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Disaster Workforce credentialing provides for an objective evaluation and documentation of an individual's current certification, licenses, or degree, training and experience and demonstrated competence or proficiency to meet state or national standards. Credentialing is an administrative process for validating personnel identity, qualifications and providing authorization to perform specific functions during an incident. In 2010-11, the Florida Department of Health developed a White Paper on credentialing the disaster workforce. This paper provides an overview of national and state disaster workforce credentialing initiatives and recommends action steps to enhance the public health and healthcare components of the state credentialing initiative
Credentialing means having provided documentation that identifies personnel and authenticates and verifies the qualifications of such personnel by ensuring a common level of training, experience, physical and medical fitness, and capability appropriate for the position. Furthermore, credentialing provides the authority for the personnel to be within an area of operations. (2003, Homeland Security Presidential Directive #5). Florida's credentialing framework is diagramed below as a toolbox with each drawer housing a set of tools for credentialing the disaster workforce.
Qualification: Resources must meet defined standards and incorporate National Incident Management System definitions. Individual typed assets are personnel whose qualifications are compared against the standard. These assets are then vetted for eligibility, verified and assigned a type by a proficiency level. Eligibility is based on proof of qualification and demonstrated competency. The tools in this part of the credentialing framework are:
FEMA NIMS Job Titles for Health and Medical
Florida Disaster Responder Qualification Standards (Draft for ESF 6)
Florida Disaster Responder Qualification Standards (In development for ESF 8)
Florida Type 3 All Hazards Incident Management System Credentialing Guide (Under review)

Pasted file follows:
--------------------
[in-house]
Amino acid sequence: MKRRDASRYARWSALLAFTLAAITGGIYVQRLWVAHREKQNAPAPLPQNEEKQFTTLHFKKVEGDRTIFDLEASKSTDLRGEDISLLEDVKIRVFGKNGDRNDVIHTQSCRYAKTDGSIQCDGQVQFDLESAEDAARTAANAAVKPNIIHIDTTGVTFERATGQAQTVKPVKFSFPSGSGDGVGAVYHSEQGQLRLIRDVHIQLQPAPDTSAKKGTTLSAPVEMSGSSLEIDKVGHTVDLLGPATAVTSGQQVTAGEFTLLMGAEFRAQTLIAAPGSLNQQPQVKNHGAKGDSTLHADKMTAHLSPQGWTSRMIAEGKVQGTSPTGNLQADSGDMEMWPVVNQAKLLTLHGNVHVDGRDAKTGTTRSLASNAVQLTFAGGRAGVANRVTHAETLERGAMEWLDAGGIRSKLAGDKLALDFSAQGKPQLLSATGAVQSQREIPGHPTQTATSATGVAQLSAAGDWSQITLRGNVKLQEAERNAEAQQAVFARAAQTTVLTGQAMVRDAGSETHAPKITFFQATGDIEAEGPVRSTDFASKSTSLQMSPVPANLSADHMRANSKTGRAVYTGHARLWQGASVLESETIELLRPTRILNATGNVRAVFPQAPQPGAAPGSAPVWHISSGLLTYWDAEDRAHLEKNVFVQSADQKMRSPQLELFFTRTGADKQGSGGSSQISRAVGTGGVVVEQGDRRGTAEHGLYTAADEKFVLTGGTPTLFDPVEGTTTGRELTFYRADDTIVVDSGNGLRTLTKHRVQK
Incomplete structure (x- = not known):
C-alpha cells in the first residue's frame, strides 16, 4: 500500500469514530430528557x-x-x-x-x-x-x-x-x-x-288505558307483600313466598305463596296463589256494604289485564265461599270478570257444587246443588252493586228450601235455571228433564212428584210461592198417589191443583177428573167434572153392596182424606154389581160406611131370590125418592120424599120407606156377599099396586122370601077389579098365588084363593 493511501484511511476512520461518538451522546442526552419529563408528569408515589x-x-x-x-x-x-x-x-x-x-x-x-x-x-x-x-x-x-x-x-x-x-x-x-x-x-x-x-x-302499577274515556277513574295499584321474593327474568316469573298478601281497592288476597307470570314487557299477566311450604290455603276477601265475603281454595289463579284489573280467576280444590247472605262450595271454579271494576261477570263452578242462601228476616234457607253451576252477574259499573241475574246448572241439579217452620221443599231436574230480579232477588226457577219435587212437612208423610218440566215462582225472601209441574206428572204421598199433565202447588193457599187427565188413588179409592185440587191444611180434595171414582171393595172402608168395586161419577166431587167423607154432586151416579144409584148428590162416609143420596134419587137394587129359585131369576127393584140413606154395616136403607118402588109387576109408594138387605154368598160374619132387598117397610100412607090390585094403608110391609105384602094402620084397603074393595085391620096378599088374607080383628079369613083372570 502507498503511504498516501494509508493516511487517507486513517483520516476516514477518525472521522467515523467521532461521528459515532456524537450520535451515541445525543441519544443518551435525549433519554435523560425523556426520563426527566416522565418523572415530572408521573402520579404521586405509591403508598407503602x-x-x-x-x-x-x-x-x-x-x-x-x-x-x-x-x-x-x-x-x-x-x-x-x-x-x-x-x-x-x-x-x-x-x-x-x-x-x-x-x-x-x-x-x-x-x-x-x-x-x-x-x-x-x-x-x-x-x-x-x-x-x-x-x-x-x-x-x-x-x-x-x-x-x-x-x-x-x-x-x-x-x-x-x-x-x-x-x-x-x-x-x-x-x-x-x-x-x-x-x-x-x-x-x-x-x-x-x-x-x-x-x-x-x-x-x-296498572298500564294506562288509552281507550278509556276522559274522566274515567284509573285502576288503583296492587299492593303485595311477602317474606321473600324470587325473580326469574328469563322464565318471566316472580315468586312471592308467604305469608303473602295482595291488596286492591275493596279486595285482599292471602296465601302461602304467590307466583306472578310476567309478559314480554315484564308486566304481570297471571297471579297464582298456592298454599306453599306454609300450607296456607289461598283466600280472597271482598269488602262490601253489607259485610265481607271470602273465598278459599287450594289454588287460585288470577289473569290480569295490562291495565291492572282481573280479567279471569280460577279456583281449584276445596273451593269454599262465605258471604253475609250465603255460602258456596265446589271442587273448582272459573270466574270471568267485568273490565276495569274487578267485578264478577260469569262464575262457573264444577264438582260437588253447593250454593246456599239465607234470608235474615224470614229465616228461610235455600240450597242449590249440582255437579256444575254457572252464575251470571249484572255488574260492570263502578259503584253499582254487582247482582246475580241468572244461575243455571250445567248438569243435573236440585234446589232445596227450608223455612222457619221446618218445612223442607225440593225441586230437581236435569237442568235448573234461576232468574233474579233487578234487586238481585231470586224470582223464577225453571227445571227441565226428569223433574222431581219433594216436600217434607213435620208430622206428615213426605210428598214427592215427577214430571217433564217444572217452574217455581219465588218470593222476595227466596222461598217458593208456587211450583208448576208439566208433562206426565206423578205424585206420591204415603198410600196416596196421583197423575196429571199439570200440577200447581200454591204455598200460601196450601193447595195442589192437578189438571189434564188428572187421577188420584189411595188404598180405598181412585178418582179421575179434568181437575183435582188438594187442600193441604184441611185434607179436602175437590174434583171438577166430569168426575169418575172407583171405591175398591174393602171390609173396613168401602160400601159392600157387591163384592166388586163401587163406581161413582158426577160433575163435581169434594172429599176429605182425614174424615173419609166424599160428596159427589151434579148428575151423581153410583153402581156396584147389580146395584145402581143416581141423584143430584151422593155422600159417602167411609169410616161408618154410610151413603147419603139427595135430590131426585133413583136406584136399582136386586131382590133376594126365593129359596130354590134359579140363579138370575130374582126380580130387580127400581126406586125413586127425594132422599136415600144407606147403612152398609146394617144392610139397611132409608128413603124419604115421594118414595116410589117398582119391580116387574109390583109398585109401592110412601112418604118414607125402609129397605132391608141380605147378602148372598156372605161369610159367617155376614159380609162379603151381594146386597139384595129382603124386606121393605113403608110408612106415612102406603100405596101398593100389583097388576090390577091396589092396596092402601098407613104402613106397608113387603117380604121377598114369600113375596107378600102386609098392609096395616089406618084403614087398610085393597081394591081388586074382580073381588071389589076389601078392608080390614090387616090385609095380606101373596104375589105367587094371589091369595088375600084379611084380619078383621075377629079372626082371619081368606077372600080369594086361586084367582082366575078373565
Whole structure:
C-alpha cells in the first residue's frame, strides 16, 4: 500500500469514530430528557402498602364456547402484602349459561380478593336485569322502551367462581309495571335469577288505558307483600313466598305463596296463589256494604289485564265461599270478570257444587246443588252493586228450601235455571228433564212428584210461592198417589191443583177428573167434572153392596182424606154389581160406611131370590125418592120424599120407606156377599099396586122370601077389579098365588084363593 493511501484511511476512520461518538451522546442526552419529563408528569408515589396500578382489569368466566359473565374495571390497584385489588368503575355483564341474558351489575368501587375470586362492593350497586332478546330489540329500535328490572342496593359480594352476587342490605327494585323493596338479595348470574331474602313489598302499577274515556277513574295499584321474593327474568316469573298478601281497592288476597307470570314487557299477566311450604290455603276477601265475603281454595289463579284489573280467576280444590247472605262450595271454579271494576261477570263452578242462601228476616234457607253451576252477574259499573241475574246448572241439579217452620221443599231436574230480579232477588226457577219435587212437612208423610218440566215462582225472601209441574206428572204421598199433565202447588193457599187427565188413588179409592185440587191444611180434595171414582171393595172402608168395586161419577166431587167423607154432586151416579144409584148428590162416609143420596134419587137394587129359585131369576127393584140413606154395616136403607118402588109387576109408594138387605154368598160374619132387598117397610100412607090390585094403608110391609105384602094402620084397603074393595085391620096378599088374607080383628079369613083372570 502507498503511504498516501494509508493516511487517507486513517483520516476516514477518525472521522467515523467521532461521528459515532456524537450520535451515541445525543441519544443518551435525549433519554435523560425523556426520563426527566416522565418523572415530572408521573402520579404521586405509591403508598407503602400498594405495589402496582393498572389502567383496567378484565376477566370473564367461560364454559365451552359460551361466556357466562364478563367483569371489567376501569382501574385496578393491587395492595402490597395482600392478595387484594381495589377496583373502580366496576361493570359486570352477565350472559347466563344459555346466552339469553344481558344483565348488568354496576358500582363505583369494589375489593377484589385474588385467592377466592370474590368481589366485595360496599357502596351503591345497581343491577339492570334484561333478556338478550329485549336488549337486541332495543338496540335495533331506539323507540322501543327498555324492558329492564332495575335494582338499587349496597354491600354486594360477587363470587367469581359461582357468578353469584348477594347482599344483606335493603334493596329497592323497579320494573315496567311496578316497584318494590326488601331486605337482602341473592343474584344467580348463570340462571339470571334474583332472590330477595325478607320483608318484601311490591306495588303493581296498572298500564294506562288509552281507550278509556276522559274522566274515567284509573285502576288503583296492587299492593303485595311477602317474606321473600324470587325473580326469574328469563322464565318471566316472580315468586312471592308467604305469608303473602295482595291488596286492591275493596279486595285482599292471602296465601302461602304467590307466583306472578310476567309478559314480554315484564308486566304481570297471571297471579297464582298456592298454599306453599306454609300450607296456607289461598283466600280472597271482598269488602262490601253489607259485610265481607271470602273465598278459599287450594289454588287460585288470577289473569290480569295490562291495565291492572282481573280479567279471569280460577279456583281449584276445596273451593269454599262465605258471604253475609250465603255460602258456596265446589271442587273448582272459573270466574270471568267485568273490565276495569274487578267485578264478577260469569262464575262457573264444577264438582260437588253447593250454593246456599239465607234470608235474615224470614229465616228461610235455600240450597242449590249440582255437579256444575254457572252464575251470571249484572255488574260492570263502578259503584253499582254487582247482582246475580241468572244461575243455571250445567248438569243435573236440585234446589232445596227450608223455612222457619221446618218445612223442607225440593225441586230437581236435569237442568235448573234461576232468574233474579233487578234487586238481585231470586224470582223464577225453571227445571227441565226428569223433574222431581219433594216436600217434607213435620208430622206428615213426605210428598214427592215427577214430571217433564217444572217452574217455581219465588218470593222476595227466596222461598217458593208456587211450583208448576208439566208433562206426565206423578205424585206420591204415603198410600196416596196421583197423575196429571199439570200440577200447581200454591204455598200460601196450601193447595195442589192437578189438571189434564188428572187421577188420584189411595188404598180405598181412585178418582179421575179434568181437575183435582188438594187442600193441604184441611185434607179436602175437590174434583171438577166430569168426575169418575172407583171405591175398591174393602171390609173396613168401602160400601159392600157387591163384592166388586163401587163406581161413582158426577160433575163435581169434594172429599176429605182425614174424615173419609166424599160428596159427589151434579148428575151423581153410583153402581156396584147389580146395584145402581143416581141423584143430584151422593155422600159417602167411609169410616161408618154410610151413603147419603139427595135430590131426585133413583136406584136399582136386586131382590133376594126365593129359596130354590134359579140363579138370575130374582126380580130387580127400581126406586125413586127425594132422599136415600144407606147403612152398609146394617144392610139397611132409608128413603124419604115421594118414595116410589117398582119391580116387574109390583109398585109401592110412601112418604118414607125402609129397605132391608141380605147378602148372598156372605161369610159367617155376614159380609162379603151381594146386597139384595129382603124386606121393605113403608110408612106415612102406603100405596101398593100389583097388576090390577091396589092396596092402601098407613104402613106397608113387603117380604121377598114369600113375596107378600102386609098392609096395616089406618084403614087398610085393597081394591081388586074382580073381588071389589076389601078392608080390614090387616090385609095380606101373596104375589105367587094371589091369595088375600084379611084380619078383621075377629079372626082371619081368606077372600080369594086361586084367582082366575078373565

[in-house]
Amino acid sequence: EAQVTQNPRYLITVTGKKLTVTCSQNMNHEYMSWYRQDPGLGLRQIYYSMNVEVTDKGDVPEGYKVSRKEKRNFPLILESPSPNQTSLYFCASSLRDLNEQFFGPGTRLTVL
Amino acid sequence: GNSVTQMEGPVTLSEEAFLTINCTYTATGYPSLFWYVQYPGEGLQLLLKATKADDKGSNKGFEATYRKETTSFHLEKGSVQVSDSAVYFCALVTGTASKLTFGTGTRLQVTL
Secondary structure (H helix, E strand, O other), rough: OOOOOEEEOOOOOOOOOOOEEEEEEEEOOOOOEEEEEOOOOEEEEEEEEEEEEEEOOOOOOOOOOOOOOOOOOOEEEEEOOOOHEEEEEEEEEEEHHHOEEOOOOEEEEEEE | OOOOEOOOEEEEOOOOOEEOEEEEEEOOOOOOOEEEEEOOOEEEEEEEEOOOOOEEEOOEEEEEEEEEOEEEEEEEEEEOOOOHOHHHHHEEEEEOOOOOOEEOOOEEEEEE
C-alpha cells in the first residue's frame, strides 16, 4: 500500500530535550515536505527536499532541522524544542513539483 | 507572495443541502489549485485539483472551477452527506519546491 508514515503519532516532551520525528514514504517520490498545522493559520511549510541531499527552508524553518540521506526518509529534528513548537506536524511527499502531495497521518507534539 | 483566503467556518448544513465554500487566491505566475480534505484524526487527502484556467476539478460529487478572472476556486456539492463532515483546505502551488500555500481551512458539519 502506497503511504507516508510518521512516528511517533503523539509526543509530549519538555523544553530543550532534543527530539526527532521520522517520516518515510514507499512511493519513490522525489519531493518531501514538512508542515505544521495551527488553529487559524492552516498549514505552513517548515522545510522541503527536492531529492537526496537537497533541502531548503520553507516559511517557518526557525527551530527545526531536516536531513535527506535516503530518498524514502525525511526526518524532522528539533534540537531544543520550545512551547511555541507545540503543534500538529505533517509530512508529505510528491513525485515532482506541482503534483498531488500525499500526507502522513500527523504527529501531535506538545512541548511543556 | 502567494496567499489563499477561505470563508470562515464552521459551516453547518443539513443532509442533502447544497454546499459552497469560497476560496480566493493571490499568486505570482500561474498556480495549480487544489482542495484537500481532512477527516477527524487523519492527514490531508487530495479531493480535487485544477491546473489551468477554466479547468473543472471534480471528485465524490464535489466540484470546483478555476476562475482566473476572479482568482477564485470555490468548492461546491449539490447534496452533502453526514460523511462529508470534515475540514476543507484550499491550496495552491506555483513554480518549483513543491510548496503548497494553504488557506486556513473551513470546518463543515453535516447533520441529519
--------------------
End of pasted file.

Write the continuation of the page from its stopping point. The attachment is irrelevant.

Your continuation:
Expert: This individual is considered a Type 1 asset, having the highest capability. They have superior understanding of the subject area and response role and are able to operate without supervision to coordinate multi level mission assignments.
Fully Qualified: This individual is considered a Type 2 asset, fully capable of performing tasks associated with the response role with limited supervision.
Basically Qualified: This individual is considered a Type 3 asset, but not capable of operating autonomously.
Trainee or Entry Level: This individual is considered a Type 4 asset, new to the response role and must operate with direct oversight and guidance from a more qualified individual.
Deployment Orders with Mission Number: The deployment orders and mission number are produced by the Division of Emergency Management EM Constellation system operating at the Emergency Operations Center. The system takes in requests from areas needing resources and produces a mission description and number for each resource deployed.
Verification of Deployment Orders: No resources are deployed without a mission. Resources deploying without a mission are unauthorized and will not be granted access to an area of operations. A disaster responder is not fully credentialed until this authorization is verified.
Expiration and Revocation: The mission orders have a start and an end date. The responder is not authorized to be in the area of operations after the mission orders expire.